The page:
Wednesday, June 29, 2016
A Tip of the Cup to Cusp
It would be easy to think that Cusp Dining & Drinks starts off with two strikes. First, it's atop the Hotel La Jolla, and there's that old rule: the better the restaurant's view, the less good they figure the food needs to be. Given this view is La Jolla in all it's San Diegan splendor--it almost looks a bit wild out there!--and, if you time it right, that big ole ball of sun dumping into the Pacific at dinner, they could probably serve you sawdust burgers and you'd still leave with a smile on your face. Second, it's a hotel restaurant, and too often they cater to a captive audience they assume doesn't want anything too adventurous; after all their lazy diners can't even bother to leave the hotel for a meal. (C'mon people, see the sights!) At least they miss the easy third strike and avoided the curse of cutesy alliteration and didn't name the place Cusp Cuisine and Cocktails.
The good news is that if anybody can hit it out of the park when behinds in the count, it's Cusp. (How un-Padre of them!) (Sorry, cheap shot, I know.) That began with Dennis, our very professional server. Just enough smile, just enough polish, just enough knowledge, just perfect timing. That kind of thing. Gracious.
Well, actually, the space itself probably came before even Dennis. The eleventh floor as you descend to La Jolla shores in a room of all windows and a great grate on the opposite wall, and banquets set a bit higher, and music there but not THERE--it's a very pleasing place to be, a tad retro but also a bit timeless, because what else is the best retro but forever?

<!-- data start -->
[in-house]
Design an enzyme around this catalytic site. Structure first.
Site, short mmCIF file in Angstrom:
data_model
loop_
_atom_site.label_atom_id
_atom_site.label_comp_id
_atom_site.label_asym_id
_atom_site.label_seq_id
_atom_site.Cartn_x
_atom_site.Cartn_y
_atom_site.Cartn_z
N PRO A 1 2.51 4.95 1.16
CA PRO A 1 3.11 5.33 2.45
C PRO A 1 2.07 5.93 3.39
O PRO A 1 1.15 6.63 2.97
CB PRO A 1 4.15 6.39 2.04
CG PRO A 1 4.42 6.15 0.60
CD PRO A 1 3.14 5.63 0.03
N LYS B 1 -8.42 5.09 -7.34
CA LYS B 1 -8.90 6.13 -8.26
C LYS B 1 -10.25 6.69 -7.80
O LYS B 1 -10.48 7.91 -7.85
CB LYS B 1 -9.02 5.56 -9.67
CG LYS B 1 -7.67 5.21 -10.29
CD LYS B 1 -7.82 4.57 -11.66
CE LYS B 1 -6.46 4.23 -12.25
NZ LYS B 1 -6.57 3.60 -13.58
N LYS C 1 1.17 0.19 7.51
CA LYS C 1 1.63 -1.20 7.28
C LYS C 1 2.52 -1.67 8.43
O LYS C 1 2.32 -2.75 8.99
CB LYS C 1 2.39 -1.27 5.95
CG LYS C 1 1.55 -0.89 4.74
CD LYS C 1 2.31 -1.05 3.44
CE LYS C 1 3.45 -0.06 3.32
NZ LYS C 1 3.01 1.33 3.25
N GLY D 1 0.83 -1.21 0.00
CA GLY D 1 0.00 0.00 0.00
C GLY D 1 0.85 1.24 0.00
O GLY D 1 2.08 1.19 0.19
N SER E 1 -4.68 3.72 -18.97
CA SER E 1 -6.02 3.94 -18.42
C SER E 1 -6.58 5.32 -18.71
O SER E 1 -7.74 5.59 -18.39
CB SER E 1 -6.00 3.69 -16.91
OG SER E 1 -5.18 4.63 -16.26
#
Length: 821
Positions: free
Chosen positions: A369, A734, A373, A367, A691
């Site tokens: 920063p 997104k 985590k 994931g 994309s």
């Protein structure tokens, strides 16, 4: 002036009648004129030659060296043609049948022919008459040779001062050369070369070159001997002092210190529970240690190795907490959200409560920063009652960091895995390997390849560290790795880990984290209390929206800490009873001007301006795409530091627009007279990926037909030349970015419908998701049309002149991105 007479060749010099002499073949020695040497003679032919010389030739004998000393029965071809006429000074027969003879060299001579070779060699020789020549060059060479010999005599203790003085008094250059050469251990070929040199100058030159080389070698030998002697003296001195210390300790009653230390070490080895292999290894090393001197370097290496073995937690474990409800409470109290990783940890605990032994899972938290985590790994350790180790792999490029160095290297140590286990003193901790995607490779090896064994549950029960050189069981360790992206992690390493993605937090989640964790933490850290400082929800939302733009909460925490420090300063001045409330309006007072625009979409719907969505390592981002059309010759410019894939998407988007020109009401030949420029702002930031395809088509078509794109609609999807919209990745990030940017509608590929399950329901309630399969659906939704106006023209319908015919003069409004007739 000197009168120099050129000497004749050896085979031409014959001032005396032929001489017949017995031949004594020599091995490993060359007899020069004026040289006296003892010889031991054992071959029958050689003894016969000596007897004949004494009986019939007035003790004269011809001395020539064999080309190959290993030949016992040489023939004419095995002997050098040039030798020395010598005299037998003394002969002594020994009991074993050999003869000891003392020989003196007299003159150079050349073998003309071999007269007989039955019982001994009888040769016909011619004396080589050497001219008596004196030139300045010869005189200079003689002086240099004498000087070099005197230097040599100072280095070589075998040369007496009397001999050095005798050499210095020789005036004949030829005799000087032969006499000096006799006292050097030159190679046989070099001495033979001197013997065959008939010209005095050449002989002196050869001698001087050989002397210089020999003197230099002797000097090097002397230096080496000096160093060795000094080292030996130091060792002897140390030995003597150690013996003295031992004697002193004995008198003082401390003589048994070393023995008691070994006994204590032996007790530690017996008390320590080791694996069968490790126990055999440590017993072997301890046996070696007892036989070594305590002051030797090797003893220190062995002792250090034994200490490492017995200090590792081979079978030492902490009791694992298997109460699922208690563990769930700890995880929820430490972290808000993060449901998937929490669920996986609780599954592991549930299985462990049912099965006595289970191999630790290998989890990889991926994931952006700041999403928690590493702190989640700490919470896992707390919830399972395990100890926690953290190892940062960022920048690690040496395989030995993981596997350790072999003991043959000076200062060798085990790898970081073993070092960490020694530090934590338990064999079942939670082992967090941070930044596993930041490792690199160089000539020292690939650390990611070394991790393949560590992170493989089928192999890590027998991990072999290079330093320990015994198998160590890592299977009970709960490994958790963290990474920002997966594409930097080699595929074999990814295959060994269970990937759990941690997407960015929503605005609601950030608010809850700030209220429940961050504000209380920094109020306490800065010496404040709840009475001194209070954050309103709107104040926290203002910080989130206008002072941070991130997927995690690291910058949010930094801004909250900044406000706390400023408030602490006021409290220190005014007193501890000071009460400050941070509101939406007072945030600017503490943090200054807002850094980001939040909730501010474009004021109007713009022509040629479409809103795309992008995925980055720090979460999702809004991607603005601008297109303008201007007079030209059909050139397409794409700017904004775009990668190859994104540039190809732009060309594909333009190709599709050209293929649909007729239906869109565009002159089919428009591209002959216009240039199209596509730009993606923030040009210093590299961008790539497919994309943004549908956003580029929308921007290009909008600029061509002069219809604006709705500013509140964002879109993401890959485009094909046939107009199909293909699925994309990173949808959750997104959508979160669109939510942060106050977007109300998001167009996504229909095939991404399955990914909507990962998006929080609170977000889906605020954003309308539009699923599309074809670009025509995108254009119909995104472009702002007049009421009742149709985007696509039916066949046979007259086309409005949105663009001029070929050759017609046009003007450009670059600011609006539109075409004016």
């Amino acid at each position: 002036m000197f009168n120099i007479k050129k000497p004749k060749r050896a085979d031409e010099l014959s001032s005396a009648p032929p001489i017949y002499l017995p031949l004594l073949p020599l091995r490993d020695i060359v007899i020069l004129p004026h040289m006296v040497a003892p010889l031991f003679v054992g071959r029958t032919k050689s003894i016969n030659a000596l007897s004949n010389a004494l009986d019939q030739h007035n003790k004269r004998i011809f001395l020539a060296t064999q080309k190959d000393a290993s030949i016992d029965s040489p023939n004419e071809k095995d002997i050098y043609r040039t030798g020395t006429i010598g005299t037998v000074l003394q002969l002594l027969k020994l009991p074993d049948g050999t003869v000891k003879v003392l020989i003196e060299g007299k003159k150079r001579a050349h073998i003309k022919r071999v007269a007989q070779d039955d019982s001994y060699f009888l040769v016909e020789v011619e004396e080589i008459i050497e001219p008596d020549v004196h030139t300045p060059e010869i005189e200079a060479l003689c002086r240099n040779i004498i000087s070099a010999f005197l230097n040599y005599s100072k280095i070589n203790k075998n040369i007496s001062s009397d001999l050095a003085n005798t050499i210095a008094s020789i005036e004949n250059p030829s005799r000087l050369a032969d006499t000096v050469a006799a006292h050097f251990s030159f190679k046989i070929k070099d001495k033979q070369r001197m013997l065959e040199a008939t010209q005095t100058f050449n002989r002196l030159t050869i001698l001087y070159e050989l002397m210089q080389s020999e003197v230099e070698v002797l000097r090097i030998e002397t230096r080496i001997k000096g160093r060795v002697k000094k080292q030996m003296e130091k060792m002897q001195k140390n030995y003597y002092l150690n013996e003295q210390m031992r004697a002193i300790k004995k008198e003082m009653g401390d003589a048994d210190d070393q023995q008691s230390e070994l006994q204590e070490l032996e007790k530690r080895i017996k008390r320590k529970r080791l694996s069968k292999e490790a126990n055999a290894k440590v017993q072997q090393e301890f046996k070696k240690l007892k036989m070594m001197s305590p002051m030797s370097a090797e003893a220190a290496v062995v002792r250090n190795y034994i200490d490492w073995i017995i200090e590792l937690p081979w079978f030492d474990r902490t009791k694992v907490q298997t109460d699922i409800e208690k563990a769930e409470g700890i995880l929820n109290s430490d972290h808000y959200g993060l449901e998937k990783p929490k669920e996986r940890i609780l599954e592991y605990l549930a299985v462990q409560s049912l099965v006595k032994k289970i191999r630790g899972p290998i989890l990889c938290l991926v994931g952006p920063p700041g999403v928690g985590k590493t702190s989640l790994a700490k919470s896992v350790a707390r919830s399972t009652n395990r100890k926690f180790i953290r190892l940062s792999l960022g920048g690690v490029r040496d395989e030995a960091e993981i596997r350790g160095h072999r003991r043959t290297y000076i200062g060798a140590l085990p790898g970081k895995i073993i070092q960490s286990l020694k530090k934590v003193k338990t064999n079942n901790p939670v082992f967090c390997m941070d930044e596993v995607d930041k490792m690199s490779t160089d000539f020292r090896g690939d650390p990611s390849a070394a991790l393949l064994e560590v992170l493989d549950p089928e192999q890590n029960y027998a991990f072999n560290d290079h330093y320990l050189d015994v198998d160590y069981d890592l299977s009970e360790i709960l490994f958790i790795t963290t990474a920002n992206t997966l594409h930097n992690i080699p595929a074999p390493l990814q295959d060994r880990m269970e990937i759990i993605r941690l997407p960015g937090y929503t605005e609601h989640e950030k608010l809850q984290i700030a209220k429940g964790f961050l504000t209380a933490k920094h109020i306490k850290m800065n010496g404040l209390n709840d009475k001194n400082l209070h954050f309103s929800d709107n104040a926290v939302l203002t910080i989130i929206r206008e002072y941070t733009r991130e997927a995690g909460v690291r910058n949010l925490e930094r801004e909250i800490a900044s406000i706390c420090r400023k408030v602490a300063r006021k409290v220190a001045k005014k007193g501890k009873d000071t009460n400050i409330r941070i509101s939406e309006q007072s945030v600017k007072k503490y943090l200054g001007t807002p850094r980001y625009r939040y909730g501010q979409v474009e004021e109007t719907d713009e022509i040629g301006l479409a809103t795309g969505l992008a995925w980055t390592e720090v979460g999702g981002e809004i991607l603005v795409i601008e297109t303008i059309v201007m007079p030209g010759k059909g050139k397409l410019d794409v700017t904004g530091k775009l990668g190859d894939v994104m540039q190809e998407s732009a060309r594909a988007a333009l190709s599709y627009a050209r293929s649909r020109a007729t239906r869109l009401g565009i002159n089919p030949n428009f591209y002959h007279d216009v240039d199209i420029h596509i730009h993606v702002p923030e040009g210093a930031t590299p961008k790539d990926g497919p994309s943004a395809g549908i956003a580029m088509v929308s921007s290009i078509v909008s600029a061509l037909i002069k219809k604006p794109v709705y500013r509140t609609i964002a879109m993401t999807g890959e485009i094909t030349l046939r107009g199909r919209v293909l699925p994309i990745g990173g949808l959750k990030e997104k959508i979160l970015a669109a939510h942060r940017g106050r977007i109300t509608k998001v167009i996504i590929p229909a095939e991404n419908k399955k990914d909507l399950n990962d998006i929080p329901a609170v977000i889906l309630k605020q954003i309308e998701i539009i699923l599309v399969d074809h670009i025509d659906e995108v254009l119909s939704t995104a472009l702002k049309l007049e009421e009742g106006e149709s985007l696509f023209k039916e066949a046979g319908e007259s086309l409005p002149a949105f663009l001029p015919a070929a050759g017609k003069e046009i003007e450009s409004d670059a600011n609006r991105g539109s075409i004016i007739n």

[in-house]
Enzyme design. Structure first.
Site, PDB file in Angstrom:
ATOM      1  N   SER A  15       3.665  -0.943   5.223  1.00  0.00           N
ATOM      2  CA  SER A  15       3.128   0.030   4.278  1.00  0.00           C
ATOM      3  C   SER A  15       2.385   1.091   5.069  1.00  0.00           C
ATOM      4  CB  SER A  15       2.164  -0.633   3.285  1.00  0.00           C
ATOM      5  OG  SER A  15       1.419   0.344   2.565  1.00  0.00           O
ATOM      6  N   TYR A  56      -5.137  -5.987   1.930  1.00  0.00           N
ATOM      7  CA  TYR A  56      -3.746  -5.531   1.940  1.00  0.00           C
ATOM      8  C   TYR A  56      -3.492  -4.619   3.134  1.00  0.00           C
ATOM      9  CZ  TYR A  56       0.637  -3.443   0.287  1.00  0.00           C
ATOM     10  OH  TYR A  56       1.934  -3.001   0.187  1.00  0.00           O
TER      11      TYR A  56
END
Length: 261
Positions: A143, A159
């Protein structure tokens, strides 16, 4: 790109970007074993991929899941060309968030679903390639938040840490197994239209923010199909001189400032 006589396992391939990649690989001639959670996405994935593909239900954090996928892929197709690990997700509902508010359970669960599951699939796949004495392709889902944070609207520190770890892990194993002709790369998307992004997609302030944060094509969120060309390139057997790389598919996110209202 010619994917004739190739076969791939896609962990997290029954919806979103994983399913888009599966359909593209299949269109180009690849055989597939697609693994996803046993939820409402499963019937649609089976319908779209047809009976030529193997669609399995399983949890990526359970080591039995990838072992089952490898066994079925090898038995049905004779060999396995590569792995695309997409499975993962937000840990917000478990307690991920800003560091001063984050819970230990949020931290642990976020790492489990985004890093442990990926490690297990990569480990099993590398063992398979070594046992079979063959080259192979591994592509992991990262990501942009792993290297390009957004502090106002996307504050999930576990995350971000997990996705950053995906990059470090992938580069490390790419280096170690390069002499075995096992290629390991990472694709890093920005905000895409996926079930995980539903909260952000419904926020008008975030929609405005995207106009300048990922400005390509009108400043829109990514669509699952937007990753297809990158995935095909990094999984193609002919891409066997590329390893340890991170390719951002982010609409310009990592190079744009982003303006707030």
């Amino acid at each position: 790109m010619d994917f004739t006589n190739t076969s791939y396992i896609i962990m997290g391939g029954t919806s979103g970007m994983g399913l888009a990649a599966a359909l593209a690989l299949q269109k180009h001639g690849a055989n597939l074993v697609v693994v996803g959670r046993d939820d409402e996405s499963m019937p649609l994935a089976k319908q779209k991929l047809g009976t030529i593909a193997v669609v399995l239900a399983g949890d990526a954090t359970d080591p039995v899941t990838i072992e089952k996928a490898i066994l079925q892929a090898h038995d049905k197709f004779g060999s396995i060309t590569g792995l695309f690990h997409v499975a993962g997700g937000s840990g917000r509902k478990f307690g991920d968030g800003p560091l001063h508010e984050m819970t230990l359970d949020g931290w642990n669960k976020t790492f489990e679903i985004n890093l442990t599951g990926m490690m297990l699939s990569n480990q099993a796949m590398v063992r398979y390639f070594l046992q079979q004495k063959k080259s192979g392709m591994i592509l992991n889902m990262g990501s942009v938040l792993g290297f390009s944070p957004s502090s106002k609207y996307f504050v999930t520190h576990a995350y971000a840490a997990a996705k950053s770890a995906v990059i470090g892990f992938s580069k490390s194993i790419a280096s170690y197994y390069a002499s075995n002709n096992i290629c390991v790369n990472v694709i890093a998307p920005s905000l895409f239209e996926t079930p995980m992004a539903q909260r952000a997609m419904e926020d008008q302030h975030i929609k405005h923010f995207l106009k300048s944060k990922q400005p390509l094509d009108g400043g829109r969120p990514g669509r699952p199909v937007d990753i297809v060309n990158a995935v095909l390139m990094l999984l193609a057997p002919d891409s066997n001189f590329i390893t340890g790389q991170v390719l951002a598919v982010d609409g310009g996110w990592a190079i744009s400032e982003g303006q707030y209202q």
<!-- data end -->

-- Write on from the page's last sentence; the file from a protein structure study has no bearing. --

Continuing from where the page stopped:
To save both my time and yours, I'm not going to do a blow-by-blow, so will, alas, not lavish enticing descriptors on the Oaxacan Sunset cocktail (a Mezcal-starring reinvention of the Margarita), or on the appetizers that appetized (a fried calamari that avoided cliche by laying aside a romesco sauce) or the dessert (apple fritter that was more a donut stuffed with a still pretty crunchy apple round--very clever).
No, I want to talk lamb, which you can see above. Usually the "serve it on something other than a plate" bit seems precious to me, but the black slate really worked, especially since that salsa verde was so blissfully thick. The meat was juicy yet coated with a good crunch and redolent with fresh rosemary and tarragon and lots of black pepper. The vegetables were more than an afterthought, a sprinkle of grilled corn to make it all the more summer (the seasonal menu had just kicked in the weekend we were there) and the squash a fine counter-point in flavor and texture. And if you're wondering, I sure did use my fingers to get each last nibble to the bone.